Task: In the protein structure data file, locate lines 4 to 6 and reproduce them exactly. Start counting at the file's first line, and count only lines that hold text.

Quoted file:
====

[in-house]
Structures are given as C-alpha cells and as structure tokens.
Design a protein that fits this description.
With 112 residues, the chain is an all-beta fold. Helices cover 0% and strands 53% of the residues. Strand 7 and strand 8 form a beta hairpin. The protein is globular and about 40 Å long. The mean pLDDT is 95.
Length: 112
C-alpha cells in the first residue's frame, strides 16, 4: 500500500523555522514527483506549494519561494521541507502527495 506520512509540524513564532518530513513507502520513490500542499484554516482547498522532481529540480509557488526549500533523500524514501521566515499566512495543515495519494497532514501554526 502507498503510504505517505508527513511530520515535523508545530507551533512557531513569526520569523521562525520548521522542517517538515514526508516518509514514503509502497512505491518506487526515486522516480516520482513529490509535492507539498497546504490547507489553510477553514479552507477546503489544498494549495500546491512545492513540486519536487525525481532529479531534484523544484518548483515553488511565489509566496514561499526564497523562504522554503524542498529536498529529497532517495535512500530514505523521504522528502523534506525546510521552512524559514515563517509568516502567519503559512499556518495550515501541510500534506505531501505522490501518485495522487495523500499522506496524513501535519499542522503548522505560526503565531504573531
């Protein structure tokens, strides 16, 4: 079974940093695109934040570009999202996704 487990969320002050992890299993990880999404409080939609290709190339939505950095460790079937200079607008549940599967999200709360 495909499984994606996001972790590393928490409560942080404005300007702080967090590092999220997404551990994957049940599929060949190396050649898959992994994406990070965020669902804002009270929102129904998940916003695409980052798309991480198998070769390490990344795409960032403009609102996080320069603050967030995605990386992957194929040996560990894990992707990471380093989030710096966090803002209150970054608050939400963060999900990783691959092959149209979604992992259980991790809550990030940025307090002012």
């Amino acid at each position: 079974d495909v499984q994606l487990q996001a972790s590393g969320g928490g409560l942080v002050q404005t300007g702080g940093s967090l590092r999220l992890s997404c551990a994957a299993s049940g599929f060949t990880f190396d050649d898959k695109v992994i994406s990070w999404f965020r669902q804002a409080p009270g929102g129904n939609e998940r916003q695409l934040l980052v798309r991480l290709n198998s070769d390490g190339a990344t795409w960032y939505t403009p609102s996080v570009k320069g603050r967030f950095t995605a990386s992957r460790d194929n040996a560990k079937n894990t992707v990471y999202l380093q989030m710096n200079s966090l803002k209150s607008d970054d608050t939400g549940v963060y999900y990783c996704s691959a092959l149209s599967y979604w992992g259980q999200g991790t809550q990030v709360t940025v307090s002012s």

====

With 112 residues, the chain is an all-beta fold. Helices cover 0% and strands 53% of the residues. Strand 7 and strand 8 form a beta hairpin. The protein is globular and about 40 Å long. The mean pLDDT is 95.
Length: 112
C-alpha cells in the first residue's frame, strides 16, 4: 500500500523555522514527483506549494519561494521541507502527495 506520512509540524513564532518530513513507502520513490500542499484554516482547498522532481529540480509557488526549500533523500524514501521566515499566512495543515495519494497532514501554526 502507498503510504505517505508527513511530520515535523508545530507551533512557531513569526520569523521562525520548521522542517517538515514526508516518509514514503509502497512505491518506487526515486522516480516520482513529490509535492507539498497546504490547507489553510477553514479552507477546503489544498494549495500546491512545492513540486519536487525525481532529479531534484523544484518548483515553488511565489509566496514561499526564497523562504522554503524542498529536498529529497532517495535512500530514505523521504522528502523534506525546510521552512524559514515563517509568516502567519503559512499556518495550515501541510500534506505531501505522490501518485495522487495523500499522506496524513501535519499542522503548522505560526503565531504573531